Stress Management, Well-being and Self-Care

Intrinsic Motivation And Behavior Change

by James Porter June 26, 2013

One of the things I really enjoy about going to wellness conferences is meeting the experts that attend them and finding out what the next big trend in wellness is going to be. This year two subjects that have come up a lot are intrinsic motivation and the (new found) importance stress management. As I mentioned in my last blog, at the American Journal of Health Promotion Conference (AJHP) in March, Dr. Michael Roizen (head of Wellness for the Cleveland Clinic) made a big point of encouraging people to teach stress management before tackling weight loss or smoking cessation because, as he pointed out, you won't have much luck with the second two if you haven't tackled stress management first. Intrinsic motivation was another hot topic as well.

The American Journal of Health Promotion (AJHP) conference is ALWAYS in the nicest places. This year it was at the Westin Hotel in Hilton Head, North Carolina. Next year it will be at the Broadmoor Hotel, in Colorado Springs, Co. WELCOA has now combined their summit as part of the preconference activities for AJHP. A hot topic at this year's conference was intrinsic motivation.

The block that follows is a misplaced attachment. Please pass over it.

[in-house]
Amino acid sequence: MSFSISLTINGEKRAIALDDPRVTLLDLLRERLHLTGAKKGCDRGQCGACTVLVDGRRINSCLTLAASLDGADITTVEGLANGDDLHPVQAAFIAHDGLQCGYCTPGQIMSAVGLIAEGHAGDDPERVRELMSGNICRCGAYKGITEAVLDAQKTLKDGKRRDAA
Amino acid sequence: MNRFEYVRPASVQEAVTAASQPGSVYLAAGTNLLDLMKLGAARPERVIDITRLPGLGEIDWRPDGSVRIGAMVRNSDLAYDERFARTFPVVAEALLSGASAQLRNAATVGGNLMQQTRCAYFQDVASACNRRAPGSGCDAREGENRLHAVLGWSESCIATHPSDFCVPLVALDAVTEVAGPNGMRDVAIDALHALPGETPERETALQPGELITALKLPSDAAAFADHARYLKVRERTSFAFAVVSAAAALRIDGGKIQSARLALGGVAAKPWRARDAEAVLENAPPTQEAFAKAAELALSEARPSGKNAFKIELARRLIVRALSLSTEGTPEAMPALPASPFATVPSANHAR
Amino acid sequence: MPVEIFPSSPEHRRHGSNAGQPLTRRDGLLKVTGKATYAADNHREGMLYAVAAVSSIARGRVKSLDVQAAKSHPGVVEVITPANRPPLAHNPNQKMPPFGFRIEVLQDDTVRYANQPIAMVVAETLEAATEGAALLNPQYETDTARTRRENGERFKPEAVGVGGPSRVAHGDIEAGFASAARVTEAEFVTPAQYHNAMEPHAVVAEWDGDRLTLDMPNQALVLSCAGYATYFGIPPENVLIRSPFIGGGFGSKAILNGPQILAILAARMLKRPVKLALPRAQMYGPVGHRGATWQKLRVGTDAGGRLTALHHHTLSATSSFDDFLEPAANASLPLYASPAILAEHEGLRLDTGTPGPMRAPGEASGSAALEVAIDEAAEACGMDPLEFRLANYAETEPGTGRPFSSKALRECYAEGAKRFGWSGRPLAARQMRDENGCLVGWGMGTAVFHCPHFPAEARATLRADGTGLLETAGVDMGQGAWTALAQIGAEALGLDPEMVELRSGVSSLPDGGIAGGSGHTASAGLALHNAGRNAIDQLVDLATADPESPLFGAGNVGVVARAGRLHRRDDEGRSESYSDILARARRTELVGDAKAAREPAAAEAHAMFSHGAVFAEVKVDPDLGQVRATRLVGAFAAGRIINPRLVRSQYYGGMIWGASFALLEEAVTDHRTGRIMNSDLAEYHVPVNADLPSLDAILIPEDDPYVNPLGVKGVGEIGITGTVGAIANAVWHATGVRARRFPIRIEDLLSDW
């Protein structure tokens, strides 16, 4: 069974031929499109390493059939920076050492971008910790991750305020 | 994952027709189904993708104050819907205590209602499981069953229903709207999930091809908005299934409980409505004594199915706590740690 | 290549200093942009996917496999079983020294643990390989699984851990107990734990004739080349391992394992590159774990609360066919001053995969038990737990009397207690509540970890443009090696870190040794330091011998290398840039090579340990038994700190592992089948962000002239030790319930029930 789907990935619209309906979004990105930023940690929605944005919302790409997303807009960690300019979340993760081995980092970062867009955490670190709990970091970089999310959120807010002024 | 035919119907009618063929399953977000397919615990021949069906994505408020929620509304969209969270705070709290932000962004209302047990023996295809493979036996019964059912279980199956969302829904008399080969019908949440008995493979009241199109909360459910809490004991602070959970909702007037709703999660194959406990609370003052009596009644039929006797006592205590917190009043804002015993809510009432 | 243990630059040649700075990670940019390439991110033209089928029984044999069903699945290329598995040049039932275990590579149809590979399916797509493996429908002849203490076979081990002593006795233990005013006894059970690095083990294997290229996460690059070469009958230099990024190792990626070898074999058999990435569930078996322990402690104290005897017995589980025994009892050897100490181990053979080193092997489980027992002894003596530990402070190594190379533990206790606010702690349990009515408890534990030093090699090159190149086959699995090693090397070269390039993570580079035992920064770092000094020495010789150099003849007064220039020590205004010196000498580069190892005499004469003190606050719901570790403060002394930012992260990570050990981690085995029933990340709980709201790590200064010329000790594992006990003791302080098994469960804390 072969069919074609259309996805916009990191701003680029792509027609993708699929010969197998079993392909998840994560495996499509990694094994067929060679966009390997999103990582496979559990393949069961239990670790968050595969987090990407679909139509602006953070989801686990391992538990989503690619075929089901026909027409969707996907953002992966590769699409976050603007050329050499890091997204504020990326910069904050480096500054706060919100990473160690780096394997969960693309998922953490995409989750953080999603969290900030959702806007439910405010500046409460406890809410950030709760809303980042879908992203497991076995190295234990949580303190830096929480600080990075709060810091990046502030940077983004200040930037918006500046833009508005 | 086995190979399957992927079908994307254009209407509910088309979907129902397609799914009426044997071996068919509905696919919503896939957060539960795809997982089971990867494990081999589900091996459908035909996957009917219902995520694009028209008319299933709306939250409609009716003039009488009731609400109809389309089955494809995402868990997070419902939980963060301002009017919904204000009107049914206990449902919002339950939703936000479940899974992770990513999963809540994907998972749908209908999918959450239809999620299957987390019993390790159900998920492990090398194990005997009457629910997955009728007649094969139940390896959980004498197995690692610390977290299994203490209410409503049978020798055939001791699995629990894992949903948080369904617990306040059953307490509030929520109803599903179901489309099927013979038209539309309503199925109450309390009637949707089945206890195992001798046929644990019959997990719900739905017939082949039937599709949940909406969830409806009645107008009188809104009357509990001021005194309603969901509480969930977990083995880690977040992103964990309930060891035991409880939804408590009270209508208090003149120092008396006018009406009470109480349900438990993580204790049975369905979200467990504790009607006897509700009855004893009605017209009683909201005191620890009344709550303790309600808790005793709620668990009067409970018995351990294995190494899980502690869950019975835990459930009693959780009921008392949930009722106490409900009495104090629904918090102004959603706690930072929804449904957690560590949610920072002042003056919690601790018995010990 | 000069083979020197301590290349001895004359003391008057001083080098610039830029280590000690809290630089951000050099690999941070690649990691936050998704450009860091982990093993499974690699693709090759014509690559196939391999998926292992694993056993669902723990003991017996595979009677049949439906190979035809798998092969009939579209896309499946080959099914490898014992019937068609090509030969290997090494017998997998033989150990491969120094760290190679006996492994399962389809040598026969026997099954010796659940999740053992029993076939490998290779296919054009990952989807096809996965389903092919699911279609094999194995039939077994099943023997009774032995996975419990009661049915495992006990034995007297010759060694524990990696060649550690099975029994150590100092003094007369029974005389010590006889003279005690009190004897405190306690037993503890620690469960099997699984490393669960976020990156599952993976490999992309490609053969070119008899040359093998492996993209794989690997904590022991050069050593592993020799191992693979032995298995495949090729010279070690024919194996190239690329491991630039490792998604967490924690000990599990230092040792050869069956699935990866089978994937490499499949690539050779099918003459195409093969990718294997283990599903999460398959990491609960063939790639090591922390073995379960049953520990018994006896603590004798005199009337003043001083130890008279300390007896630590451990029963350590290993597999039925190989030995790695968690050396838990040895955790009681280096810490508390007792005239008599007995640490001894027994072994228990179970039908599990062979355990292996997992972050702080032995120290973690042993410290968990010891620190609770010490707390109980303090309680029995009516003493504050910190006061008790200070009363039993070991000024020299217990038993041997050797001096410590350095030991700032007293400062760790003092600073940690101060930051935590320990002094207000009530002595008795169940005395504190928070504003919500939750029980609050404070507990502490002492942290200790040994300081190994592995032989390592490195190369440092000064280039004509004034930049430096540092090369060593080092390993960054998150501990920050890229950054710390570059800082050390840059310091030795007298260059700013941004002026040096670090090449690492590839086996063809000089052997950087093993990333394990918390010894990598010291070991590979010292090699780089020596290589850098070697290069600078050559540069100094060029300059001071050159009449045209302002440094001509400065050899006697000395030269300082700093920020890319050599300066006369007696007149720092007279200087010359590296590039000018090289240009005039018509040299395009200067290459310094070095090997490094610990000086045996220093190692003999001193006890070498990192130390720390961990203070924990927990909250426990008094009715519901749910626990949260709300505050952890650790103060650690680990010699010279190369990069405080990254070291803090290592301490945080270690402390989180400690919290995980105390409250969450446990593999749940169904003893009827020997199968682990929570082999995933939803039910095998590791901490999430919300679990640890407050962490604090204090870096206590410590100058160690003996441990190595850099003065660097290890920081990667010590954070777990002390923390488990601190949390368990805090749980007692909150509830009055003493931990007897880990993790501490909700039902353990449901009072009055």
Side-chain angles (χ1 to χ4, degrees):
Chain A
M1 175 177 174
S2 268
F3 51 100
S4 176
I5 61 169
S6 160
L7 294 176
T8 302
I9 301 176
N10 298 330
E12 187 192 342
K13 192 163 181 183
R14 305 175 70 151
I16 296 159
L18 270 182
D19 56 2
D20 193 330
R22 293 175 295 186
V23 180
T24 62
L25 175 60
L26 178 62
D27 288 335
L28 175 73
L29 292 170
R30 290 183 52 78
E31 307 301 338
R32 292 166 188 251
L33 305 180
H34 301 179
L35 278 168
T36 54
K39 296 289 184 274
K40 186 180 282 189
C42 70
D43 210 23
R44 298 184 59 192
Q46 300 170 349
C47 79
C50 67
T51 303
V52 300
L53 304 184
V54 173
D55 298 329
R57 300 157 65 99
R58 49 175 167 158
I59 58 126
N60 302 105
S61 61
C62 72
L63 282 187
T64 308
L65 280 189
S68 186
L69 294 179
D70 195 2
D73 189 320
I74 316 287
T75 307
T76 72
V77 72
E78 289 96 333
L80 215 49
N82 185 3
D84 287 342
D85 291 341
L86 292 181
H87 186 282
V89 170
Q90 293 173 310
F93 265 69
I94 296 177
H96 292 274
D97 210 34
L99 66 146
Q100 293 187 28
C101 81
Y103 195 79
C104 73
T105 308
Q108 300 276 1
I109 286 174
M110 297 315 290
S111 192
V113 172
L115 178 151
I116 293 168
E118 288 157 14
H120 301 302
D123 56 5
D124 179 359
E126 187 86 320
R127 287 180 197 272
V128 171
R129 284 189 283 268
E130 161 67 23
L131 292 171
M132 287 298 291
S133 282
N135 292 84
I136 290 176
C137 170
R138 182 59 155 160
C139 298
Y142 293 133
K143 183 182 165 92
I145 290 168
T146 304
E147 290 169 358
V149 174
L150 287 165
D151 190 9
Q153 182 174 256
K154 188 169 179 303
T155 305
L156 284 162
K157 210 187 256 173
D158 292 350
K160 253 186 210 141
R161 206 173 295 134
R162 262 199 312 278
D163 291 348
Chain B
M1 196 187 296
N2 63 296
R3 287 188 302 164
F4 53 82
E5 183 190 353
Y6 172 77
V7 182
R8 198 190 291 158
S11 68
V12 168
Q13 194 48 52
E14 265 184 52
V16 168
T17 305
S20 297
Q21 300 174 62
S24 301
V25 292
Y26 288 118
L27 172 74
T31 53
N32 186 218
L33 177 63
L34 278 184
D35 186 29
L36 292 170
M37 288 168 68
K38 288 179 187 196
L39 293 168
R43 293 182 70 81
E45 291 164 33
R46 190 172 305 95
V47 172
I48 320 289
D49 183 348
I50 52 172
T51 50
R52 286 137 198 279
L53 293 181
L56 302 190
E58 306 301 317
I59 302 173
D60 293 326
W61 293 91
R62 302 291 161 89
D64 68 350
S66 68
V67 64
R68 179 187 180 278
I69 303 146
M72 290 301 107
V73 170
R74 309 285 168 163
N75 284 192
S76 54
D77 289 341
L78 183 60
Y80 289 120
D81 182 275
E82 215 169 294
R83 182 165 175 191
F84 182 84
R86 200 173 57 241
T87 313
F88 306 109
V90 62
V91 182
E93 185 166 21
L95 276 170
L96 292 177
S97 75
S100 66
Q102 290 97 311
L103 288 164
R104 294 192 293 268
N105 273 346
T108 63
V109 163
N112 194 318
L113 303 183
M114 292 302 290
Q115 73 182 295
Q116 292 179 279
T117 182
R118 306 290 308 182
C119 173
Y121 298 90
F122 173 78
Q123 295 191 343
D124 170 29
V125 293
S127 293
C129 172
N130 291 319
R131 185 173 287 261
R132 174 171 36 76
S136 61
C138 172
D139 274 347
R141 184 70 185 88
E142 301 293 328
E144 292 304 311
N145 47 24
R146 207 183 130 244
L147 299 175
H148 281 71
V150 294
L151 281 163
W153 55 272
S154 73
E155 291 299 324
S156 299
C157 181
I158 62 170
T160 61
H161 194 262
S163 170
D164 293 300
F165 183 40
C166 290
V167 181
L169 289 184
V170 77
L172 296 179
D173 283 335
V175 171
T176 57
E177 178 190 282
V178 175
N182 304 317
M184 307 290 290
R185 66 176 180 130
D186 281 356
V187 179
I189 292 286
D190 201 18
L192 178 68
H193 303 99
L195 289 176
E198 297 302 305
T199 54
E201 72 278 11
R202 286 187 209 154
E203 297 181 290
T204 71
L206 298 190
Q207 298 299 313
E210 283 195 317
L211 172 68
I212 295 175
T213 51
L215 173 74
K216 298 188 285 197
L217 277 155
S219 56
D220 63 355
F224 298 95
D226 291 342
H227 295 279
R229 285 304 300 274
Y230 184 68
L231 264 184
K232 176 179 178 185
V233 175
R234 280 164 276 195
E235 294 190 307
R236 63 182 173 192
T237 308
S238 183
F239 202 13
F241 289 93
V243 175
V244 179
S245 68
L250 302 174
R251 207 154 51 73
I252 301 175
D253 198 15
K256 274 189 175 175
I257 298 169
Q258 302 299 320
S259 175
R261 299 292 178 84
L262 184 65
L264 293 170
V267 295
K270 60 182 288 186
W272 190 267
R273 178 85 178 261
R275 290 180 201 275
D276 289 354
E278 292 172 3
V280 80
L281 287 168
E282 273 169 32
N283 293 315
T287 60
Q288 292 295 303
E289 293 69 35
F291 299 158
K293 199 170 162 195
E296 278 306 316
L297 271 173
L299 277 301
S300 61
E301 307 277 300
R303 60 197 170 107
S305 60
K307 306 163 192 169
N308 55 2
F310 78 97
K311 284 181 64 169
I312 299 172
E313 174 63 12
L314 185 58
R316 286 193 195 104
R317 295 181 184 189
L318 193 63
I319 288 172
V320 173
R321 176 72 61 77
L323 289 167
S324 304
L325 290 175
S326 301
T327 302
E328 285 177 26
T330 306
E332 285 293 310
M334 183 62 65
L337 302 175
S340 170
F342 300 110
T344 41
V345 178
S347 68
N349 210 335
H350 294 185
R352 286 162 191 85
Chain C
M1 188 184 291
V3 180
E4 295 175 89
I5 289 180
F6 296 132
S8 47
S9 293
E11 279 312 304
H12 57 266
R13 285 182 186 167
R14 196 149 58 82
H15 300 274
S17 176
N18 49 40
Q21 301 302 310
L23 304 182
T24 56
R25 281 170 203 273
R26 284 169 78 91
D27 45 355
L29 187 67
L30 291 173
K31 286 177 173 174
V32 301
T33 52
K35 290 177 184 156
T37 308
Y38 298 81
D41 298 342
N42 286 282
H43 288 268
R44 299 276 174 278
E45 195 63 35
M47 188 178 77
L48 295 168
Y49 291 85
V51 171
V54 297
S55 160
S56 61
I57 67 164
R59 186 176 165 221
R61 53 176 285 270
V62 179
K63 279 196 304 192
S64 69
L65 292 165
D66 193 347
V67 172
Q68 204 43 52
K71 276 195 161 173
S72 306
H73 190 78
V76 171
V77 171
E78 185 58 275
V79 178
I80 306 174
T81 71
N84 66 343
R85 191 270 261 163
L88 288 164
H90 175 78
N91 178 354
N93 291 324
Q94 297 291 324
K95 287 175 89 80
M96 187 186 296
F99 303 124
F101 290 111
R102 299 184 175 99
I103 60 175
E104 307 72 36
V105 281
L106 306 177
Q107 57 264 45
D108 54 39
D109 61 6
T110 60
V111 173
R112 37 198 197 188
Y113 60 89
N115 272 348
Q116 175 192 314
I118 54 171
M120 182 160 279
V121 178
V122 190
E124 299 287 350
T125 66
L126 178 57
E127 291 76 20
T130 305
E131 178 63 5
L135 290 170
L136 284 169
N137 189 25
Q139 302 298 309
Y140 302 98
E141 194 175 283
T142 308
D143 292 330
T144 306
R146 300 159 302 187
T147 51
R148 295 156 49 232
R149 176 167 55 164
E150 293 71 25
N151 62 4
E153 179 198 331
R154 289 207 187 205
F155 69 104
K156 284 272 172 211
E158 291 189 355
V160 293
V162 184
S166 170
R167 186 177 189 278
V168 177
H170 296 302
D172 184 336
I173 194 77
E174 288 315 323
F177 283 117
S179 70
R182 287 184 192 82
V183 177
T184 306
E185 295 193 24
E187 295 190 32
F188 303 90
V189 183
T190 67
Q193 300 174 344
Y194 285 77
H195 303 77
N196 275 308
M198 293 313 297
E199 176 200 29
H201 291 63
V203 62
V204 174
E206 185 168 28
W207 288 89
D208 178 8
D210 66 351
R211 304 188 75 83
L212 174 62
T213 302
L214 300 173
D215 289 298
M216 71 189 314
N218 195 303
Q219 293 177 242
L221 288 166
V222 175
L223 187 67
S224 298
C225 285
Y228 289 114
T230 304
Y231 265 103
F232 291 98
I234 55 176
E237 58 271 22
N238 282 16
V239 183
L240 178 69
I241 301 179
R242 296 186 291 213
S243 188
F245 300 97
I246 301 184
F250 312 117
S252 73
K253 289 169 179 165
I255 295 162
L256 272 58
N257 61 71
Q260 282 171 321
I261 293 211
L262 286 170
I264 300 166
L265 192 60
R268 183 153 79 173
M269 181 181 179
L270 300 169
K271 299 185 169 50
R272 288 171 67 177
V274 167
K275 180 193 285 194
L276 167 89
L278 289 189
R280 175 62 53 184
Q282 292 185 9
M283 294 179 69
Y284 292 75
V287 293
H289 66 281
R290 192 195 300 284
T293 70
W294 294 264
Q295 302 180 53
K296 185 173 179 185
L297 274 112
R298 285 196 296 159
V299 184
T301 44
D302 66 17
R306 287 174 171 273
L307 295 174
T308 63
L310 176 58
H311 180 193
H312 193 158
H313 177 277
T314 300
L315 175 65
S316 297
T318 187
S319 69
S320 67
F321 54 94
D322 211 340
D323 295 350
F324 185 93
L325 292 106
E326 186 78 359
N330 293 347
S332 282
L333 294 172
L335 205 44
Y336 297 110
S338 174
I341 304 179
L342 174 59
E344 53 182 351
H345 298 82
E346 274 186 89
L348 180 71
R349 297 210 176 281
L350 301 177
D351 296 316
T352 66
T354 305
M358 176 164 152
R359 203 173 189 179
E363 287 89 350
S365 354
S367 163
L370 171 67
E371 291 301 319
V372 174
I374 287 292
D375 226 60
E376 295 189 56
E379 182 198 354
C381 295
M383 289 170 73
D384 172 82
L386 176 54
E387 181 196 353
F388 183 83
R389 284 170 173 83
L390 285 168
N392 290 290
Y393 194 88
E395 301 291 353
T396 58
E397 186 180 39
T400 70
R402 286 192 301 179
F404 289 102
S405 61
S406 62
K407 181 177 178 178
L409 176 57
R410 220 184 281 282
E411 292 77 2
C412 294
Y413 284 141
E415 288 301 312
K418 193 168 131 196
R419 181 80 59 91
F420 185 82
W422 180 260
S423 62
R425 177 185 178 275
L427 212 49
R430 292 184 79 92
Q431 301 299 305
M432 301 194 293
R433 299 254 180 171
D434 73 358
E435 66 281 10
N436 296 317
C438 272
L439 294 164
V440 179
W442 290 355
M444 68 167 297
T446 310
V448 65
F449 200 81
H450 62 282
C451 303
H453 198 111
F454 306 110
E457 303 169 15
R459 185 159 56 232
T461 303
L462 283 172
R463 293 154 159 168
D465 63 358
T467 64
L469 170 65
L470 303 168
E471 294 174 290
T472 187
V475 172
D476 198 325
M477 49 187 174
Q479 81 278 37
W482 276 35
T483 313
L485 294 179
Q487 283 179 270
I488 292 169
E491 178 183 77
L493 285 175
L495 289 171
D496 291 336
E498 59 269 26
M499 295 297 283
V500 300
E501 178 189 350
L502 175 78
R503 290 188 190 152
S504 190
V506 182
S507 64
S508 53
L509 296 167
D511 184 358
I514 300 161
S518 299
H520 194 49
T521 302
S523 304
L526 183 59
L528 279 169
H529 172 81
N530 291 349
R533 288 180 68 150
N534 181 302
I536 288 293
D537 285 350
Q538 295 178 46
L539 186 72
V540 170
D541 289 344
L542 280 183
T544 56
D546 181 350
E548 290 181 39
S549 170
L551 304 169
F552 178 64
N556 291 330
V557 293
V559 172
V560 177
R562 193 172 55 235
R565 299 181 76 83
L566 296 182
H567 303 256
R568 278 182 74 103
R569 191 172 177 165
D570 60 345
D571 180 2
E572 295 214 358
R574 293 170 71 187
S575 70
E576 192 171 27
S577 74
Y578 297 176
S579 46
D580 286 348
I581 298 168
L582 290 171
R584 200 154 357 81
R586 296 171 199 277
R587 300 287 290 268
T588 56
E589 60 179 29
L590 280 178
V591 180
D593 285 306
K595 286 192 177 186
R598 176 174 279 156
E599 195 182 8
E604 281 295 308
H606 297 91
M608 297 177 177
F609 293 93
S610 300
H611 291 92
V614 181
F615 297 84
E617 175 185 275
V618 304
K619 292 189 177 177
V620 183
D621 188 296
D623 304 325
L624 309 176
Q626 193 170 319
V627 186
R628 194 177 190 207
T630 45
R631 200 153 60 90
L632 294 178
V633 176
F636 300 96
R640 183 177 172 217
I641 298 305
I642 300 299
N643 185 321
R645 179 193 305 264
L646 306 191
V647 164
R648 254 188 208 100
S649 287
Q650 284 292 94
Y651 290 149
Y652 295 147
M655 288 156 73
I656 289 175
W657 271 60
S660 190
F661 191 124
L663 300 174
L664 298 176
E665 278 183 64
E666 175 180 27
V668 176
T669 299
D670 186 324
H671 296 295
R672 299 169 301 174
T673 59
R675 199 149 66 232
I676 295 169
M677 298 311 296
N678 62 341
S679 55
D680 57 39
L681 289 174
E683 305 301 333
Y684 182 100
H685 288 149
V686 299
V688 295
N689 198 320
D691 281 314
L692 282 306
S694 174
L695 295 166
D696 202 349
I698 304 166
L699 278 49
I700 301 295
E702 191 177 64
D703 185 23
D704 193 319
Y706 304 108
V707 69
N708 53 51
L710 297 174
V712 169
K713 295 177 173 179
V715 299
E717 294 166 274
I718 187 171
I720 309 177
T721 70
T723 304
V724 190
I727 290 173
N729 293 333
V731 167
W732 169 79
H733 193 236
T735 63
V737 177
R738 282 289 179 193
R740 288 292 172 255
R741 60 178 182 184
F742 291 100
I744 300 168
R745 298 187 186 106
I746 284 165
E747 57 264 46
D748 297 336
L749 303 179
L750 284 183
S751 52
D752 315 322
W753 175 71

Dr. John Weaver presents at both Wellness and AJHP and The Psychologically Healthy Workplace and we bump into each other at these conferences quite often. I really enjoyed listening to a story he told me over lunch at AJHP about a personal change he made and kindly gave me permission to retell here. It's a story about intrinsic motivation.

After a recent physical, John's blood test revealed that his cholesterol was high and his doctor suggested that he start taking a statin. In this internet age, John likes to point out, doctors need to realize that by the time their patients get back to their car (assuming they are carrying a smart phone) they can probably find several other credible sources of information that may tell them to do the exact opposite of what the doctor is recommending.

John's point here is that physicians and their assistants need to fully embrace this fact and learn to coach and guide their patients in this information age. For example, if one looks up statins on the Mayo Clinic website the possible side effects include muscle pain, kidney damage, digestive problems, rashes and even the potential to develop type 2 diabetes! The website hastens to remind the reader that these side effects are rare BUT if you do start taking statins (and they lower your cholesterol) you better be prepared to keep taking them for the rest of your life. So this is not a commitment that John wanted to make without thinking about it carefully.